The Environmental Impact of Information Management
Petra Beck

By: Petra Beck on April 22nd, 2024

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The Environmental Impact of Information Management

Intelligent Information Management (IIM)  |  Digital Transformation

April 22nd marks the annual Earth Day, where, jointly with many organizations, mobilize volunteers to drive education and elevate awareness, highlight governance efforts and conduct cleanup efforts.


The Significance of Earth Day

Businesses and organizations take the opportunity to highlight their efforts to reduce their carbon footprint or their solutions and efforts related to carbon footprint reductions.

This day is meant to increase our consciousness for environmental Information Management, and trigger actions for the entire year, with impacts lasting for decades and future generations.

I would like to take the opportunity to reflect on the aspects that impact our environment with a special focus on Information Management, an area that is rarely highlighted in sustainability discussions, yet plays a relevant role and touches our private and professional lives.


Paper: A Closer Look

Let’s start with paper and zoom in on business paper, letters in the B2B and B2C environment, documentation that is part of business processes, originating from sources outside as well as inside the organization.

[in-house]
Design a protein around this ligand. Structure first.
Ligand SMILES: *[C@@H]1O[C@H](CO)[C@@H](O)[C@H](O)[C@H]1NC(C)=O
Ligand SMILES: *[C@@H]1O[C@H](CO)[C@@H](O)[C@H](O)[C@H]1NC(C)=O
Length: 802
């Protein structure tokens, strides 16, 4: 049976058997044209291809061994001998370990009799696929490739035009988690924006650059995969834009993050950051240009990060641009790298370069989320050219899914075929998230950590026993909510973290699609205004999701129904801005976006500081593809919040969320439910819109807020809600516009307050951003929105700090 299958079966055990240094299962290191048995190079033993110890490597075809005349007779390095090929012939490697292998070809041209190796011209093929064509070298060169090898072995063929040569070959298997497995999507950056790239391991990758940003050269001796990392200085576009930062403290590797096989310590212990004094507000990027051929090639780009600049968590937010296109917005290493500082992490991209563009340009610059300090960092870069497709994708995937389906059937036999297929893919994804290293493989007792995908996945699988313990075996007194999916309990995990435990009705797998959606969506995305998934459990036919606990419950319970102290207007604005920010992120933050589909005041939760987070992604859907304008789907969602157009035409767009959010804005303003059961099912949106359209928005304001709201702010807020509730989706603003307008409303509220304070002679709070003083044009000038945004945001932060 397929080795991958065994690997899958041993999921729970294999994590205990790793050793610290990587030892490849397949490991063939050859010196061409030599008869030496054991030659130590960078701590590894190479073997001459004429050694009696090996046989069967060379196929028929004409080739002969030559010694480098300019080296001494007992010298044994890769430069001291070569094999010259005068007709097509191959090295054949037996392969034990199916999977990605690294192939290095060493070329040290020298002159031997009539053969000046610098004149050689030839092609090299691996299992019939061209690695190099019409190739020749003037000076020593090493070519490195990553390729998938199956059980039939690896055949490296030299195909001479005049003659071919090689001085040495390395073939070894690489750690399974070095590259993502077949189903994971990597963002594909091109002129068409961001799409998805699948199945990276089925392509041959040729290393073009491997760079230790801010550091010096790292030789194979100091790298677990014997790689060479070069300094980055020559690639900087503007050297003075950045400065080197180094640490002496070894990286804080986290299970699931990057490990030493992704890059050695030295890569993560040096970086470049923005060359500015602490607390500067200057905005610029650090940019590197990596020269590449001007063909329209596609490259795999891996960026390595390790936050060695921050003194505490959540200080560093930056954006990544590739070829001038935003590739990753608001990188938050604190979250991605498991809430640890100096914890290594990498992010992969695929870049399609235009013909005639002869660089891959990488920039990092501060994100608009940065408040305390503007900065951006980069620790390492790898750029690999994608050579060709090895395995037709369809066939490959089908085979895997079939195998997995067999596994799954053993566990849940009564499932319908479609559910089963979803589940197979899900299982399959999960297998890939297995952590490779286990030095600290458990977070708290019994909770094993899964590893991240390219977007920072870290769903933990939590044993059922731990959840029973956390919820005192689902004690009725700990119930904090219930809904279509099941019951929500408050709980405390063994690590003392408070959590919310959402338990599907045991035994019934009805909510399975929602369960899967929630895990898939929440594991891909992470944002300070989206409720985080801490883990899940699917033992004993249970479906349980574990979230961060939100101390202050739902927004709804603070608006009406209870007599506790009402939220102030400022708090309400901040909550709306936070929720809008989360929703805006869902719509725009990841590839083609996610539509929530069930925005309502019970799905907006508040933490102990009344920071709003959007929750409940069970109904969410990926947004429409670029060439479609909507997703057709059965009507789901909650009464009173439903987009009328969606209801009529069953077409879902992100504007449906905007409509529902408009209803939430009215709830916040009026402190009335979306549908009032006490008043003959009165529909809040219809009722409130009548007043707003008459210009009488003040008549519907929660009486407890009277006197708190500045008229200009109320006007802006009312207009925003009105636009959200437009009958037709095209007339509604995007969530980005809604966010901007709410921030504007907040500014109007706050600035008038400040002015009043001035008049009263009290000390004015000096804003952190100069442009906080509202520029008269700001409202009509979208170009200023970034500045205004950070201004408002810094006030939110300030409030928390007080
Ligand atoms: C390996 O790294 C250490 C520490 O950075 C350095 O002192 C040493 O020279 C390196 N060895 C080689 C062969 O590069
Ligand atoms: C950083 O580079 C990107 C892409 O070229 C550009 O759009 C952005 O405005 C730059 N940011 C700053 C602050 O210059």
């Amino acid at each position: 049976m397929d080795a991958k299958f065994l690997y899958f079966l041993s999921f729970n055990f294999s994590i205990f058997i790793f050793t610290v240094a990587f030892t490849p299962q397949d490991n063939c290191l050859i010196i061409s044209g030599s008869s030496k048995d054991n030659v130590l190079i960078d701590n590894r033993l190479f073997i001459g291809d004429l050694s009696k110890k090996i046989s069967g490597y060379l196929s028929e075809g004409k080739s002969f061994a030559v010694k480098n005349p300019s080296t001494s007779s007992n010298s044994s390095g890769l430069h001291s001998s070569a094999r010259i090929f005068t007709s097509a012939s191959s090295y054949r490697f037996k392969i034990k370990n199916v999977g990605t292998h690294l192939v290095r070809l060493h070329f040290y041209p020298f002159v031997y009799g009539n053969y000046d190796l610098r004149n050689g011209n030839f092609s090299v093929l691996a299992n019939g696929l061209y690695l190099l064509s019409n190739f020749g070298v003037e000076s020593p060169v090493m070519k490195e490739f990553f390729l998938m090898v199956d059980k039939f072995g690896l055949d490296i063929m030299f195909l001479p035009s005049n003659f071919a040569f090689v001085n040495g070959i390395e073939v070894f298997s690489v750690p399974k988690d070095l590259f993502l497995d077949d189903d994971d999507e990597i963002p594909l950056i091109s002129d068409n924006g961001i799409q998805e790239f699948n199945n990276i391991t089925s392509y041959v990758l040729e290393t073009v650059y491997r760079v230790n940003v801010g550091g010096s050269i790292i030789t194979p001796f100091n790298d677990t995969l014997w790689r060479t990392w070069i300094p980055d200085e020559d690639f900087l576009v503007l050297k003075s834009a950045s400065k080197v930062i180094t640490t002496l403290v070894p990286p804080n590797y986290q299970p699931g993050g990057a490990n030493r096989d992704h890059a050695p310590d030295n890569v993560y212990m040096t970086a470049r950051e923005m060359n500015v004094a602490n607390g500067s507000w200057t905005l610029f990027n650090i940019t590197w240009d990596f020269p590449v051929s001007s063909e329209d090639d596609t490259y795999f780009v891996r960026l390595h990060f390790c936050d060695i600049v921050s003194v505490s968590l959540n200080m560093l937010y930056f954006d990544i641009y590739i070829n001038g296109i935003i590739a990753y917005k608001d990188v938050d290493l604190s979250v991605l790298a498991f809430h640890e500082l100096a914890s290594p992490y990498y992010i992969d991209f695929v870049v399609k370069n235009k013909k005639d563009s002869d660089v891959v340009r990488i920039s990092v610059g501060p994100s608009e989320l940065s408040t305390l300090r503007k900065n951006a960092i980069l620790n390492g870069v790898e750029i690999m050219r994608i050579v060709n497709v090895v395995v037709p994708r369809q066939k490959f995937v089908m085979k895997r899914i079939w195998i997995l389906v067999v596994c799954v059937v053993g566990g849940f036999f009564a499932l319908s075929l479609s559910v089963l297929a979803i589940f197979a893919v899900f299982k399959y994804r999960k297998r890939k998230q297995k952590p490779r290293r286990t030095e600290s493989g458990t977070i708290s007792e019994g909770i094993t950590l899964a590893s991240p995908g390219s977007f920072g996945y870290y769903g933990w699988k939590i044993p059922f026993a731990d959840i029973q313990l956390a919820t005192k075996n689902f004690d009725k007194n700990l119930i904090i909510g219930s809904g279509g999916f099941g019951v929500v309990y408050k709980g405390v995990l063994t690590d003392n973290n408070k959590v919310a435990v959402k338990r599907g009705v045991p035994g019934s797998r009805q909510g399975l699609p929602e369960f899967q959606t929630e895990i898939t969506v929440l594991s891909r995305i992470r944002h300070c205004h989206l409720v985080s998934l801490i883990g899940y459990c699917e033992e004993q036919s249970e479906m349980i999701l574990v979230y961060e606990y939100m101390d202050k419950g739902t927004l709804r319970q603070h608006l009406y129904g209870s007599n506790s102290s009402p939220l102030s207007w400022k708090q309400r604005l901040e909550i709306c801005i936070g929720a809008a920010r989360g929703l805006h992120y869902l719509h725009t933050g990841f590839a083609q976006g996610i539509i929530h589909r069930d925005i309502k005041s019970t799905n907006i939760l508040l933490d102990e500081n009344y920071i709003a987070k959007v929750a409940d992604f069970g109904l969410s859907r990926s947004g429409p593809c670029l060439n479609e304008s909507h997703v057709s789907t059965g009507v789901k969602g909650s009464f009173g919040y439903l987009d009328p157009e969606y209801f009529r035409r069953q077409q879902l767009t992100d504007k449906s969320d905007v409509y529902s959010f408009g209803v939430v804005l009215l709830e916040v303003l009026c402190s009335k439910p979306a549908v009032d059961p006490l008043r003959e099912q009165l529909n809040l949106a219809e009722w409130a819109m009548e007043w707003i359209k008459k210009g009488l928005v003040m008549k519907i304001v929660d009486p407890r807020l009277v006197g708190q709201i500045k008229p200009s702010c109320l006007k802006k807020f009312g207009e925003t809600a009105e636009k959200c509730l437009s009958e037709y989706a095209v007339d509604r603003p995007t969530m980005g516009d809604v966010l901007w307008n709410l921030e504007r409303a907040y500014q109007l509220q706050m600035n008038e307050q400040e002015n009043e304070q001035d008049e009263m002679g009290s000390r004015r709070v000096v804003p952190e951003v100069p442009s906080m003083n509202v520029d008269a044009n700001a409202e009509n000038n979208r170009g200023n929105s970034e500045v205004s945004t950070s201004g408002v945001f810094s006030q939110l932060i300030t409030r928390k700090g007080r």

To highlight the environmental impact of paper, let’s look at a couple of data points:

  • Tree Consumption: 20-30 trees are required to make one ton of standard office paper (approx. 200k sheets)
  • Water Usage: 1-10 liters of water are required for one ton of office paper. Paper production is also a significant contributor to water pollution.
  • Carbon Emissions: Paper mills create almost a ton of carbon dioxide equivalent (kg CO2eq) of greenhouse gas (GHG) when producing a ton of paper.
  • Waste Generation: Approximately 1 billion trees' worth of paper is discarded annually in the U.S., with discarded paper and paperboard constituting around 26% of landfill waste 

Embracing Digital Solutions

Digitalization of business transactions helps to address the challenges above; however they involve the carbon emission involved in the devices, the energy consumption required for the digital transmission of data, computing and storage.

That said, it is worthwhile considering whether it is necessary to print digital documents for personal reference or review. It is also advisable to think about the use of paper when exchanging documents with colleagues as technology for annotations, e-signatures etc. is widely available.